SP FAQ - The Influence of Cross Slot No-Tillage on Crop Yield
A significant amount of recent scientific research has been devoted to finding out exactly what influence a no-tillage drill can have on (1) stand establishment and (2) crop yield.
(a) No-tillage drill openers have a major influence on the micro-environment that seeds and seedlings experience in untilled soils (tillage tools, rather than drills, have most influence on the seed's micro-environment in tilled soils).
Good no-tillage seed drill openers create a seed micro-environment that is more favourable to seeds than any tilled soil has ever been. But sub-standard no-tillage seed drill openers create micro-environments that are more hostile to seeds and seedlings than tilled soil.
But the point is that no-tillage opener design can have a profound effect on slot micro-environment whereas in tillage, opener design has a minimal effect.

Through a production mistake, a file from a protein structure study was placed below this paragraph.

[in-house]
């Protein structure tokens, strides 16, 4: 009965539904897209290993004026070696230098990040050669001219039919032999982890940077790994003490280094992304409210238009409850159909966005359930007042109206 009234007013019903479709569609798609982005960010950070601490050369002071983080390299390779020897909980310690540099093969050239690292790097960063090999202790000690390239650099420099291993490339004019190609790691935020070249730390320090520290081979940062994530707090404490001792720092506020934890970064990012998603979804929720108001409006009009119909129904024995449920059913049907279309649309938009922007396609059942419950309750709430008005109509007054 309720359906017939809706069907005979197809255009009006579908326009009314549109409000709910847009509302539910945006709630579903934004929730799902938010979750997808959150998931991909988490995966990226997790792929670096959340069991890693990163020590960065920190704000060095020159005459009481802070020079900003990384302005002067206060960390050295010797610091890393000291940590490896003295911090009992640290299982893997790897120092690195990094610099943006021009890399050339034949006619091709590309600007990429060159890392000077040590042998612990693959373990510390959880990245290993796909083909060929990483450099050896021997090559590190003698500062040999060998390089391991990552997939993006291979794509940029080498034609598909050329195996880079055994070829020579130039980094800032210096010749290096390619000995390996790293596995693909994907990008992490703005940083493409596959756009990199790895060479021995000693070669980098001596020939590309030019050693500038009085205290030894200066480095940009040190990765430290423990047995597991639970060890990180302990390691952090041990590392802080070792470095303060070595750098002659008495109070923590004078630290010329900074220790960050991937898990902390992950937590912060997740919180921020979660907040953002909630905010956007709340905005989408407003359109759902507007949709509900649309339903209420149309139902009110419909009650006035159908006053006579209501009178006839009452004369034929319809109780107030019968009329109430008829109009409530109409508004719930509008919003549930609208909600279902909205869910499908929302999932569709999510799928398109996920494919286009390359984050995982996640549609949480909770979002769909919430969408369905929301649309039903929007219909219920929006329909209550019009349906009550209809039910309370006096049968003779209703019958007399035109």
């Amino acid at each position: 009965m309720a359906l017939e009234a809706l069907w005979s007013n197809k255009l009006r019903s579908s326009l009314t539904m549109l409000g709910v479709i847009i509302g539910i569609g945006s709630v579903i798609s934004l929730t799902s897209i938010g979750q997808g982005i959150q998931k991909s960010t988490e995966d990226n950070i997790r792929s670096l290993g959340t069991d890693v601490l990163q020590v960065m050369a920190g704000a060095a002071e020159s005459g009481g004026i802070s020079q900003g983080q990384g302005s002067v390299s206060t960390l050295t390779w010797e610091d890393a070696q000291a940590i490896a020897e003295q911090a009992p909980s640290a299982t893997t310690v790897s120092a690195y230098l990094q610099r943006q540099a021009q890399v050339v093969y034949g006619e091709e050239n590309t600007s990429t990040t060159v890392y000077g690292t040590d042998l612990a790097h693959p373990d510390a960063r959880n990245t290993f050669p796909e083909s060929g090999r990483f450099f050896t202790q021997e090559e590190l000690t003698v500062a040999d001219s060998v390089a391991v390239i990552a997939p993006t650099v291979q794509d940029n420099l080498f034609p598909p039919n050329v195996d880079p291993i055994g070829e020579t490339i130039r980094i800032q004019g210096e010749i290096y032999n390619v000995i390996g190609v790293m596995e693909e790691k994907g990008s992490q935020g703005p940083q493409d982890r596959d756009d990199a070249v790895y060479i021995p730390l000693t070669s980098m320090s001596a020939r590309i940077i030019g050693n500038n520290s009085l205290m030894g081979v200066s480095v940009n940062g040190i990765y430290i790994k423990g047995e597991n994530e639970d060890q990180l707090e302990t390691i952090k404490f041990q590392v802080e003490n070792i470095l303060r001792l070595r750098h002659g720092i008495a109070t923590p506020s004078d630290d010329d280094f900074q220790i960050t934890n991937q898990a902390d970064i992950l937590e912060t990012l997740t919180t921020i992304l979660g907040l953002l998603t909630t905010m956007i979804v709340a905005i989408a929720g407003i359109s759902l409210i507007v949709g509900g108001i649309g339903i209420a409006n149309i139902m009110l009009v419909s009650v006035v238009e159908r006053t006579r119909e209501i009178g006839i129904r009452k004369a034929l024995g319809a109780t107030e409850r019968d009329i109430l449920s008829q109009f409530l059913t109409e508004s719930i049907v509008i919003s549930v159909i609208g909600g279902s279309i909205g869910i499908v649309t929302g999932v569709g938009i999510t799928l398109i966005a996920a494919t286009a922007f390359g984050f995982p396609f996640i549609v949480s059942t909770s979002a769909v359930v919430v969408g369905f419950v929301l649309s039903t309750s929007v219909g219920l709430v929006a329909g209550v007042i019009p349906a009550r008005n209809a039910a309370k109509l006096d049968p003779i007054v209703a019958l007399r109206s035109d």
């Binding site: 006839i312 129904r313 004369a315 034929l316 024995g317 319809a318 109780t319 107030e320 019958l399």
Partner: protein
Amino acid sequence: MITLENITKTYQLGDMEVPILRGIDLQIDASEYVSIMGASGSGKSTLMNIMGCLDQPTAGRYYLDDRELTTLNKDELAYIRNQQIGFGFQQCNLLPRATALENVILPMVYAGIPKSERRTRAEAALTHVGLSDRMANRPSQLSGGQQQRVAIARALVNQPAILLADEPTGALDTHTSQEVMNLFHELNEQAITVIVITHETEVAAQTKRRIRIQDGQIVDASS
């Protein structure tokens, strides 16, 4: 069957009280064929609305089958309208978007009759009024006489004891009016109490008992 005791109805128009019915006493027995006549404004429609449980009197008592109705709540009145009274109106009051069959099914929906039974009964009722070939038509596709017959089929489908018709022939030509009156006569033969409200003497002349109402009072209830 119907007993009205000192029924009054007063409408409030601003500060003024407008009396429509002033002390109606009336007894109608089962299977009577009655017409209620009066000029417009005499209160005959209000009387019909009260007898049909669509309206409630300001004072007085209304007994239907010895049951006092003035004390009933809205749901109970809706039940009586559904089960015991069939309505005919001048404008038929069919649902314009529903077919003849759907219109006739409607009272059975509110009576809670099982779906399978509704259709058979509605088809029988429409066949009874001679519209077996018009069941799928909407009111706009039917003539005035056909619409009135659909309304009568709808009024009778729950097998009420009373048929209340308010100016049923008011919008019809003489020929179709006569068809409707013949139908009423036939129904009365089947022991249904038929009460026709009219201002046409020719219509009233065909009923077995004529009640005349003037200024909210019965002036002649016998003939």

(b) This micro-environmental influence is itself largely determined by surface residues, particularly where they finish up relative to the slot (since there are no surface residues in tillage, they play virtually no role in tilled seedbeds).
Residues over the slot trap 90-100% moisture vapour within the slot (seeds will germinate in 90-100% relative humidity). Loose soil traps 60-80% (not enough for germination) and no cover allows free exchange with the atmosphere.
(c) Drill openers have a major influence on how seeds derive water for germination (imbibition). In no-tillage, vapour-phase water (or soil humidity) is an important germination resource whereas in tilled soils humidity usually plays a very minor role because of general soil loosening and loss of humidity to the atmosphere. Liquid-phase water is the main resource in tilled soils and highly-disturbed no-tillage slots.